(3) Portfolio of prints (work in progress)
(5) My Janus file: Some impressions of
TO THE LIGHTHOUSE by Virginia Woolf

Monday, October 5, 2009


Print Size:  Approx. 30"x24"
Paper: Rice paper
Date:  1965
Edition:   5

I once made a print called Sea Beasts. This seems to be a good time to bring it out again!

It is a long and heartrending poem about a mother, who happens to be a 'Margaret', who loses her heart to a Merman. The drawing, its rhythmic character stemming from the fact that I was drawing to the music of Norwegian composer Edvard Grieg's 'In the Hall of the Mountain King'.   It was a piece composed for Henrik Ibsen's play Peer Gynt which premiered in Oslow on February 24, 1876. (See footnote below re the Peer Gynt play)  The drawing became the multicolour woodcut seen above.

The lines that were borrowed from the end of the 5th stanza of Arnold's poem are as follows:

"Where the sea beasts ranged all round, Feed in the ooze of their pasture ground; Where the sea snakes coil and twine, Dry their mail and bask in the brine; Where great whales come sailing by, Sail and sail, with unshut eye, Round the world for ever and aye? When did music come this way? Children dear, was it yesterday?"

A fantasy play written in verse Peer Gynt tells of the adventures of the eponymous Peer.  The sequence illustrated by the music of 'In The Hall of the Mountain King' (Wikipedia) is when Peer sneaks into the King's castle. The piece then describes Peer's attempts to escape from the King and his trolls.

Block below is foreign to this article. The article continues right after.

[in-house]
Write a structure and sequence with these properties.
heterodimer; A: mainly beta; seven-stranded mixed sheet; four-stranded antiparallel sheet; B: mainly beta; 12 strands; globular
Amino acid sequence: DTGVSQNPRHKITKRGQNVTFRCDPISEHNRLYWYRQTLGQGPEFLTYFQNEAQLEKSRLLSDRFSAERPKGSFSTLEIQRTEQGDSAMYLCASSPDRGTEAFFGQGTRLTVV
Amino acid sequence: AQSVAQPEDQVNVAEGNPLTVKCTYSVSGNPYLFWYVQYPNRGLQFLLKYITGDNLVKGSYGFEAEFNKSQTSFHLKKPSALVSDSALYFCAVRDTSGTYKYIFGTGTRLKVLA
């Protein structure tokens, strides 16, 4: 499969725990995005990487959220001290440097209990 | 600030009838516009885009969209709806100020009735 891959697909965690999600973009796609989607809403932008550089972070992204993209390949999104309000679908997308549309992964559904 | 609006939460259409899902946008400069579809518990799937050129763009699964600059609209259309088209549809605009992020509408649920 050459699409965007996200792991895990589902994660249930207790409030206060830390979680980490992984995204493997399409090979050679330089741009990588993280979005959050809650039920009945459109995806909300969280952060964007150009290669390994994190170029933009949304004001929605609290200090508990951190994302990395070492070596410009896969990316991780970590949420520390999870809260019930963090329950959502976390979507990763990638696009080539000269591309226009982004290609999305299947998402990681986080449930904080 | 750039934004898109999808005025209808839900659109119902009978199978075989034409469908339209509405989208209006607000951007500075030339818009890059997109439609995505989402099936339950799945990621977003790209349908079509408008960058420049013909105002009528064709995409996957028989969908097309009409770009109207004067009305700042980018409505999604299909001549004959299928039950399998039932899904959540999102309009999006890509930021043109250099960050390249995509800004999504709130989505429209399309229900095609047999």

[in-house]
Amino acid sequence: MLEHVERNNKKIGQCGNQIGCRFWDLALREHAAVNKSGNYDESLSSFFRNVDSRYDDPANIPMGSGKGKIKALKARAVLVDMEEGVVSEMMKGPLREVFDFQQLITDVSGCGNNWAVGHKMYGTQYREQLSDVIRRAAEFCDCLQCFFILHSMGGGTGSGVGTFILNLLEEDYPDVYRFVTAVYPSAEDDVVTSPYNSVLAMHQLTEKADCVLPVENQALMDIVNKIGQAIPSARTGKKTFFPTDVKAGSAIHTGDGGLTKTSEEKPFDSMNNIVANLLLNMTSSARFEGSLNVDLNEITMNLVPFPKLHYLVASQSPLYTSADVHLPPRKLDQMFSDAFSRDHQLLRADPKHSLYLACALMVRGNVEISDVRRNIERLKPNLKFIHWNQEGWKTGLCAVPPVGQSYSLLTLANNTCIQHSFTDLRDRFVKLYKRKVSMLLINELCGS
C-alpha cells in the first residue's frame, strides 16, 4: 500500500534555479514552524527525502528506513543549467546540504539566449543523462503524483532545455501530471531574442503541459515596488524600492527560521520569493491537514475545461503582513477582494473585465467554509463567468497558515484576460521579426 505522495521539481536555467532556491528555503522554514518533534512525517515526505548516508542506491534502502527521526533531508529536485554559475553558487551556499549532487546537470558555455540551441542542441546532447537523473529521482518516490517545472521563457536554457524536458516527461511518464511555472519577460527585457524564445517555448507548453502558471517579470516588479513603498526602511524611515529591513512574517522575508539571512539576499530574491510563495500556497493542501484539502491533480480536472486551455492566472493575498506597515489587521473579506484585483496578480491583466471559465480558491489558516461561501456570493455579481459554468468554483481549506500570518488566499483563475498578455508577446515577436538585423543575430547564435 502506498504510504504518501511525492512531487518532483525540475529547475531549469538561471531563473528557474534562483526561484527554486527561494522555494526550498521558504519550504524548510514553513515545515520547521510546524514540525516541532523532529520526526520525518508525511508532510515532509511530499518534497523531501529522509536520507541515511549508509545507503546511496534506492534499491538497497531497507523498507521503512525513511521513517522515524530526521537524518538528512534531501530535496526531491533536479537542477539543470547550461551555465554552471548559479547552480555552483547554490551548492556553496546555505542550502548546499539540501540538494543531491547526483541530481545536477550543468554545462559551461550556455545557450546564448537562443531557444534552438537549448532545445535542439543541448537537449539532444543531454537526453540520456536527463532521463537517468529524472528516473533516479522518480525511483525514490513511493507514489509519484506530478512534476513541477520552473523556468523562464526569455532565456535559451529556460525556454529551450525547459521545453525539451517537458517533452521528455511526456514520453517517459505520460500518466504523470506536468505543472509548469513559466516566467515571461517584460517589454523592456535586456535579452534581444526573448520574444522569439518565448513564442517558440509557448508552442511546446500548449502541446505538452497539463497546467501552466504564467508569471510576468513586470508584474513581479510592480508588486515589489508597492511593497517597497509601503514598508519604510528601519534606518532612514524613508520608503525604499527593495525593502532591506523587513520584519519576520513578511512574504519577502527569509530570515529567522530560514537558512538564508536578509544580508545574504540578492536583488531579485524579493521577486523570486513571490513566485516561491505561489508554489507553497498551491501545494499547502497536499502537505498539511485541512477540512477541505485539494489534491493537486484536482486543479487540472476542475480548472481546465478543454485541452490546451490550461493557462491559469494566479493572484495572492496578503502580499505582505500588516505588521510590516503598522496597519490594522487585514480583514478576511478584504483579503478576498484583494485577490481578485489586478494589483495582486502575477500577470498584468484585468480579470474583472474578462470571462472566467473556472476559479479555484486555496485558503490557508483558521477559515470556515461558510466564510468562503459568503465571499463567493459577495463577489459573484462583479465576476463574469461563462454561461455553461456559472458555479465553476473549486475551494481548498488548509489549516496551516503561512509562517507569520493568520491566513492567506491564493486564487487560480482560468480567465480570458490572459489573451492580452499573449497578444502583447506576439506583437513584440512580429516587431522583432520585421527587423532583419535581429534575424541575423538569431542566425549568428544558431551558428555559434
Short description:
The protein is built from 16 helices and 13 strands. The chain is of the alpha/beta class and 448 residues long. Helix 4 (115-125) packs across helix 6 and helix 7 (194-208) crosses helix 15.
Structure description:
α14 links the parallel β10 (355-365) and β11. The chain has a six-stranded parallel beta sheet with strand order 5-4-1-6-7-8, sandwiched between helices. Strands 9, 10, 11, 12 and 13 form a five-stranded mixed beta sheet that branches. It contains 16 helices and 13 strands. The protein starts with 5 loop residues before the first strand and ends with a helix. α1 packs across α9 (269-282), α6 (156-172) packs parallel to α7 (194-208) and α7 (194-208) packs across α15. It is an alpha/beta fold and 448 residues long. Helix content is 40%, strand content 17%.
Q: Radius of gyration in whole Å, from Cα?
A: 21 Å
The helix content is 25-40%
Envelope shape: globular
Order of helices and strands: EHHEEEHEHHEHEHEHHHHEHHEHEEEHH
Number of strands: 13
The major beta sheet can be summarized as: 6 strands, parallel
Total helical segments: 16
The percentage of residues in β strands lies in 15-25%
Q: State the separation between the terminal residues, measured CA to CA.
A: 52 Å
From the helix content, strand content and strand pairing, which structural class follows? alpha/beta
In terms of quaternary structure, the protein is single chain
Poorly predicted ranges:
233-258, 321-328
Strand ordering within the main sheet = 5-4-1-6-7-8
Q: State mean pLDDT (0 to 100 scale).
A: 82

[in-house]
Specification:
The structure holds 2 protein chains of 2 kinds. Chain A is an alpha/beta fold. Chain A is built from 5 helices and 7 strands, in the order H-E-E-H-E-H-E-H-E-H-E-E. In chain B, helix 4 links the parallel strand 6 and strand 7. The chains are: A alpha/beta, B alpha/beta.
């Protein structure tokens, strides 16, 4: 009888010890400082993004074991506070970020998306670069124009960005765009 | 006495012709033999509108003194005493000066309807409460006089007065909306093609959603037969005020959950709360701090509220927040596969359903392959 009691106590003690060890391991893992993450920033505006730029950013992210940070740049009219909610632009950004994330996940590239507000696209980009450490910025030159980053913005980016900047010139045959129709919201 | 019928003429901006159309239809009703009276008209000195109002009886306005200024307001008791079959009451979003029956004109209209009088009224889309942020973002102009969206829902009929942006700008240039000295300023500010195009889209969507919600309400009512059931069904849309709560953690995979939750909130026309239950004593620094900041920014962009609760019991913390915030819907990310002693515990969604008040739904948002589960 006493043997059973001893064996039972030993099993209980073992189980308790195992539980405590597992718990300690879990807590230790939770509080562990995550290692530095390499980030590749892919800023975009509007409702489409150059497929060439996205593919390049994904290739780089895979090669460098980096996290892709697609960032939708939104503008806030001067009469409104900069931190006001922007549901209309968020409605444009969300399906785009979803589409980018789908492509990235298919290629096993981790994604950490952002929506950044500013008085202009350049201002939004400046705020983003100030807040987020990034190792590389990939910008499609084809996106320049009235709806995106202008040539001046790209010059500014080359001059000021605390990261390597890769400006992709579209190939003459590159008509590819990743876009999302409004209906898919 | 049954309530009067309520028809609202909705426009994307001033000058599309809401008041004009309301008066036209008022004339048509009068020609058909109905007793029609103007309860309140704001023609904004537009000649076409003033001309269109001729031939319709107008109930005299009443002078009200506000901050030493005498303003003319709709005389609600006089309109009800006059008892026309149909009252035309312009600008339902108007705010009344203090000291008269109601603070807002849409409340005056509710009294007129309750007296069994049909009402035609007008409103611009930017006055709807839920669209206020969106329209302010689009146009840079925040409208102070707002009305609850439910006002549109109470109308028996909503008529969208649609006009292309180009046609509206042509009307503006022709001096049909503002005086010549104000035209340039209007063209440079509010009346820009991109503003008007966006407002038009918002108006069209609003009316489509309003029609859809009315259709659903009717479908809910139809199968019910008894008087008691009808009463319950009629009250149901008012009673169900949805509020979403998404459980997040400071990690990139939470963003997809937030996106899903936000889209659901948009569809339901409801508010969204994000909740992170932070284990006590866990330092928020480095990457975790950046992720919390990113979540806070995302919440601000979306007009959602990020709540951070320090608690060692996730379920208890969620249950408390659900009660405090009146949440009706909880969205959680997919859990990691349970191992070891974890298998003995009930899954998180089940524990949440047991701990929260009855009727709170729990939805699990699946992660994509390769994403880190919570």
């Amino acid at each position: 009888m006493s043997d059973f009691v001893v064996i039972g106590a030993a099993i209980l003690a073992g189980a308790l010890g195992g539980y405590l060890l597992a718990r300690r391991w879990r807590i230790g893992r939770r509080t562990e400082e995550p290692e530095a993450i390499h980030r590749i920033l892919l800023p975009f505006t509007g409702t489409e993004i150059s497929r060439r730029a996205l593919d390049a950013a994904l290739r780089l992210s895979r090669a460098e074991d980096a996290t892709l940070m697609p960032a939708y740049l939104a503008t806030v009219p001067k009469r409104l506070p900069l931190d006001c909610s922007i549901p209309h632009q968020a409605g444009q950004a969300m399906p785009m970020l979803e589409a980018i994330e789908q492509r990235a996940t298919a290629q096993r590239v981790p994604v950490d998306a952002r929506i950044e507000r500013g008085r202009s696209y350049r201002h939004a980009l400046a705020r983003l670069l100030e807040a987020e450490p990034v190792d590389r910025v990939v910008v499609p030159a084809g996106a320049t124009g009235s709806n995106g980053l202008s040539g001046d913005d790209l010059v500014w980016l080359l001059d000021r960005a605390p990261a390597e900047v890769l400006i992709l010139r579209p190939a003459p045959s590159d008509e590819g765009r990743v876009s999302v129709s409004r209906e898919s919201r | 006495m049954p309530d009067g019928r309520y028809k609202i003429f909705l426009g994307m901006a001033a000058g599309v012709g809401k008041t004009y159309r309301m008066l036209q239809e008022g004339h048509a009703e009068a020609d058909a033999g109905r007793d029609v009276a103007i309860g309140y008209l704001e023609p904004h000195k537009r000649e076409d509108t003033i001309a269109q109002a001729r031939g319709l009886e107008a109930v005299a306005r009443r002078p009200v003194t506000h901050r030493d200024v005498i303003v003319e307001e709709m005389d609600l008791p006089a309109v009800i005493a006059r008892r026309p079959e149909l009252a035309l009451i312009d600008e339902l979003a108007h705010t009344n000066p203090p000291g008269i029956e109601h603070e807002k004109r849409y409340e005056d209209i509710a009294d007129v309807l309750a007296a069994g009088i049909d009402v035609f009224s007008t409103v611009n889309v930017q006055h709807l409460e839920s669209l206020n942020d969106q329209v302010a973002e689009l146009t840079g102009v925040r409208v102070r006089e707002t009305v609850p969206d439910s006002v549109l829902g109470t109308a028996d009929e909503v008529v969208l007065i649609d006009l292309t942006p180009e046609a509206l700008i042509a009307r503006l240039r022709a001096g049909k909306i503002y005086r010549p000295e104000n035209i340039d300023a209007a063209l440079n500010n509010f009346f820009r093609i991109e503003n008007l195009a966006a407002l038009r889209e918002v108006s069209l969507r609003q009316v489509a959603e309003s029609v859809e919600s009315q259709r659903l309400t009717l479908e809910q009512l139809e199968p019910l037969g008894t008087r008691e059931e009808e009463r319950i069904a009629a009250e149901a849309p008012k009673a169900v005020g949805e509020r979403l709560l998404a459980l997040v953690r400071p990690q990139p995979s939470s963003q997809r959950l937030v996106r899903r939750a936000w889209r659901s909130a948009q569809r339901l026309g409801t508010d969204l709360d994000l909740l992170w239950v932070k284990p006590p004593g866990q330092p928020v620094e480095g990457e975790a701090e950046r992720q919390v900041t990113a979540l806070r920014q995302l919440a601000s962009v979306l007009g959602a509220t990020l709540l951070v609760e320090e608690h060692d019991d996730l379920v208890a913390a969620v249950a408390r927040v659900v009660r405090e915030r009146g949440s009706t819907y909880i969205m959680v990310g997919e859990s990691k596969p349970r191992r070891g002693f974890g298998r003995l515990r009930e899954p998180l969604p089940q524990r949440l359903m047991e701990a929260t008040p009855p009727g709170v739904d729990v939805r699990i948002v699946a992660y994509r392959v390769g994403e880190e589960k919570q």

NB:  Thus, every aspect of the process of creating this piece, including a precis of the research above, contributed to the final Norwegian ambience of this print.   The rhythm of the music still rings in my ears.


  1. Gosh, I recognize the towers below.
    Cool pictures.
    I managed to get some vegetable suet at the English shop today and will save it for you. It's not beef which is better but might work in recipes.
    Did you see Weaver's post about English puddings last week?
    Yes, I'm liking the bigger pictures on Typepad.

  2. I definitely get a feeling of someone or something emerging, weed-strewn, from the depths. You've captured the sliminess of the whole thing.....artistically, of course!

    Can't help with the suet, I'm afraid.

  3. I have never seen the play but I read Peer Gynt while I was in college. I have Hall of the Mountain King on CD, a wonderful piece.

    The rose was about a hour in the making, setting up the shot and waiting for the right light. Also a little help from a garden hose until the droplets were just so.



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